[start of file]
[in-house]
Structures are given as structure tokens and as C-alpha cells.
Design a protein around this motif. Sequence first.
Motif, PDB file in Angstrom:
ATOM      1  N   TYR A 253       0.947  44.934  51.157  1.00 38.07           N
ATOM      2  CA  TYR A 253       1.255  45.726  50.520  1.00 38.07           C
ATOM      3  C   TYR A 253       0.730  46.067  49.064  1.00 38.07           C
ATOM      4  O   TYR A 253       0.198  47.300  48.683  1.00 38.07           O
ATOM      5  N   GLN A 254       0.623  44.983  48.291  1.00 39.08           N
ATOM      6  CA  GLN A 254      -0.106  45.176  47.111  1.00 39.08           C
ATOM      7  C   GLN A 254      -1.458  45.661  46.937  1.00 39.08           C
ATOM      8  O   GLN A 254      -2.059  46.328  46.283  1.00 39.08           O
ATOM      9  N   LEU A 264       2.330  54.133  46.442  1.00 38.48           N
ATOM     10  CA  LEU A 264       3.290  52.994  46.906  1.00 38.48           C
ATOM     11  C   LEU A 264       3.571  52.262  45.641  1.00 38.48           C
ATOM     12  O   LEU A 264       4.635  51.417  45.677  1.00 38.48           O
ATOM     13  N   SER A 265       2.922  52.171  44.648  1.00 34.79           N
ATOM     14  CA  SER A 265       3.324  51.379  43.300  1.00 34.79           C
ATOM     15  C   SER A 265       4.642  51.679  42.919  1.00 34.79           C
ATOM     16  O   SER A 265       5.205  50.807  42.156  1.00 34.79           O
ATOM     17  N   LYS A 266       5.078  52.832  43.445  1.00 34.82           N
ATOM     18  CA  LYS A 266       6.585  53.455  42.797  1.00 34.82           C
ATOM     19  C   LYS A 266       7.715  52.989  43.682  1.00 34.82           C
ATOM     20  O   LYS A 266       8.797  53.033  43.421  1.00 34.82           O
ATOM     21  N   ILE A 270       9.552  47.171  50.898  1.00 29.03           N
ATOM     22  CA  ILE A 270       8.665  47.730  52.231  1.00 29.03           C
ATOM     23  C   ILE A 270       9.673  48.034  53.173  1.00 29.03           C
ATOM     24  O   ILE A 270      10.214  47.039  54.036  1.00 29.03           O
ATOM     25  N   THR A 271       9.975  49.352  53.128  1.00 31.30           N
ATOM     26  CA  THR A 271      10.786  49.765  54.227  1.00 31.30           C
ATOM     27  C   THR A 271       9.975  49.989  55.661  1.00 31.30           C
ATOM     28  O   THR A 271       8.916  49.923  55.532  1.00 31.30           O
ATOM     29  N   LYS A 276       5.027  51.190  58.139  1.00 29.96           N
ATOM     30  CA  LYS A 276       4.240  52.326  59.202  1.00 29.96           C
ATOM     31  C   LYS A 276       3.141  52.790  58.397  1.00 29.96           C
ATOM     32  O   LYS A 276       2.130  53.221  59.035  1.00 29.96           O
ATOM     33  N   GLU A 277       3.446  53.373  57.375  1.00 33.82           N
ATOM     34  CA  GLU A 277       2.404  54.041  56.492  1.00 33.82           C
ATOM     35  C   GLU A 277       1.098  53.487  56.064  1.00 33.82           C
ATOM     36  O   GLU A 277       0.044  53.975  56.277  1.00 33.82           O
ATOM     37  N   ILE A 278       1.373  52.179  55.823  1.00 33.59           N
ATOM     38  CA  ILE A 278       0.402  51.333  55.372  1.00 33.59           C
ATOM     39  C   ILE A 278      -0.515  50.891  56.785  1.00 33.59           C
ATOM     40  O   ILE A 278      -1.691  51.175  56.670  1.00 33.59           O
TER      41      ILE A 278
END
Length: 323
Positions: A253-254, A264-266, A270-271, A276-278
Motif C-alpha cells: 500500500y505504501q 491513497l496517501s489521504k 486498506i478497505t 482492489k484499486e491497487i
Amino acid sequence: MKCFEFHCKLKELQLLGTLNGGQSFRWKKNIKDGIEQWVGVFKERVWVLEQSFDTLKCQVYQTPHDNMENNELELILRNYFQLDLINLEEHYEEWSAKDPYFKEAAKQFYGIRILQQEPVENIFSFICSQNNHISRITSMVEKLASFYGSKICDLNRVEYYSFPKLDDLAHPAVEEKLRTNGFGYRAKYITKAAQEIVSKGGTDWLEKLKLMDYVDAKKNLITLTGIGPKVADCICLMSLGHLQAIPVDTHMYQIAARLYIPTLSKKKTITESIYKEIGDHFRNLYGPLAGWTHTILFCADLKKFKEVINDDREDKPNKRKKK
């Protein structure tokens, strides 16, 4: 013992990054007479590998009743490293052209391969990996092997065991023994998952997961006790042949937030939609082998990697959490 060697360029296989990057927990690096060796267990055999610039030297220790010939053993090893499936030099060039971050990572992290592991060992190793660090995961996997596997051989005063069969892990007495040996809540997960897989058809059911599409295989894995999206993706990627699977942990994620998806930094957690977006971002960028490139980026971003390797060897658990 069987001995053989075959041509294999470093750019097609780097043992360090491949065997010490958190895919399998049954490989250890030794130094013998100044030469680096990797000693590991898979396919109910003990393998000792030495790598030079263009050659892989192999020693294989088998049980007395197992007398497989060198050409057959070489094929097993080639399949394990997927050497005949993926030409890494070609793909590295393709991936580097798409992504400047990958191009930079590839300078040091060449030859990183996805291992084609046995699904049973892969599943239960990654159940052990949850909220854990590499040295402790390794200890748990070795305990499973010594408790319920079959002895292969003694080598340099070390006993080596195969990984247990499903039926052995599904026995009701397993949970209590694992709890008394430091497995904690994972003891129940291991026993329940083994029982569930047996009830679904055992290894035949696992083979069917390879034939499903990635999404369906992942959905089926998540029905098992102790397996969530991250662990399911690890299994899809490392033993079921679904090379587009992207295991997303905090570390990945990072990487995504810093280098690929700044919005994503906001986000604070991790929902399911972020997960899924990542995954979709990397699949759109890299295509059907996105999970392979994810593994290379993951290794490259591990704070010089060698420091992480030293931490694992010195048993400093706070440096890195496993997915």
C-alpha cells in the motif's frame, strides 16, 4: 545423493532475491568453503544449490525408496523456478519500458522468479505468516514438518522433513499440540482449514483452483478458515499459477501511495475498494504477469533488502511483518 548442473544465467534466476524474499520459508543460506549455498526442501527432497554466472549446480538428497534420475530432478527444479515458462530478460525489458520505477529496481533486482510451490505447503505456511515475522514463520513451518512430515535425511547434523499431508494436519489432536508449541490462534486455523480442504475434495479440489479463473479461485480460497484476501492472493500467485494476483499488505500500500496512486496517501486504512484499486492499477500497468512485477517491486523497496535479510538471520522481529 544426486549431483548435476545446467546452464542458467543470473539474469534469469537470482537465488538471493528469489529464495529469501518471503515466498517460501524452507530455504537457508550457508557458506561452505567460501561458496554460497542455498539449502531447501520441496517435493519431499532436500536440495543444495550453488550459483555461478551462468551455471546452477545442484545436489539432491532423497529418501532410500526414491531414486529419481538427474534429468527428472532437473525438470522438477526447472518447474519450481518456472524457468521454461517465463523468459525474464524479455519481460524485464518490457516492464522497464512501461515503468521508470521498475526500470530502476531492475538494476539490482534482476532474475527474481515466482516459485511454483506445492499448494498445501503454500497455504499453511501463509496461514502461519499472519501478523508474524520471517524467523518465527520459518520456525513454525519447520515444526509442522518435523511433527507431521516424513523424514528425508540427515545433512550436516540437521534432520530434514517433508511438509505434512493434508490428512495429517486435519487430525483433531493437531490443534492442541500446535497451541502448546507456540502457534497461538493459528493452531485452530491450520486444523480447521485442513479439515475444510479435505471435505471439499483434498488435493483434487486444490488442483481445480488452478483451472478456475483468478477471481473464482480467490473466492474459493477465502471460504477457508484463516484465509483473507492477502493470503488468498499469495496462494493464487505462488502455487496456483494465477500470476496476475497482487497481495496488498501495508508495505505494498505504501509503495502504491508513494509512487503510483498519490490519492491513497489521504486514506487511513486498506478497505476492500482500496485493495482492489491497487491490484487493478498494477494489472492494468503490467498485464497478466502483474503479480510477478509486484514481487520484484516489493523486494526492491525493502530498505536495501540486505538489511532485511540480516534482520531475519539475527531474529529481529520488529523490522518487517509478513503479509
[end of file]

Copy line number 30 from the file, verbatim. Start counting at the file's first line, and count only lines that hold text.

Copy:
ATOM     26  CA  THR A 271      10.786  49.765  54.227  1.00 31.30           C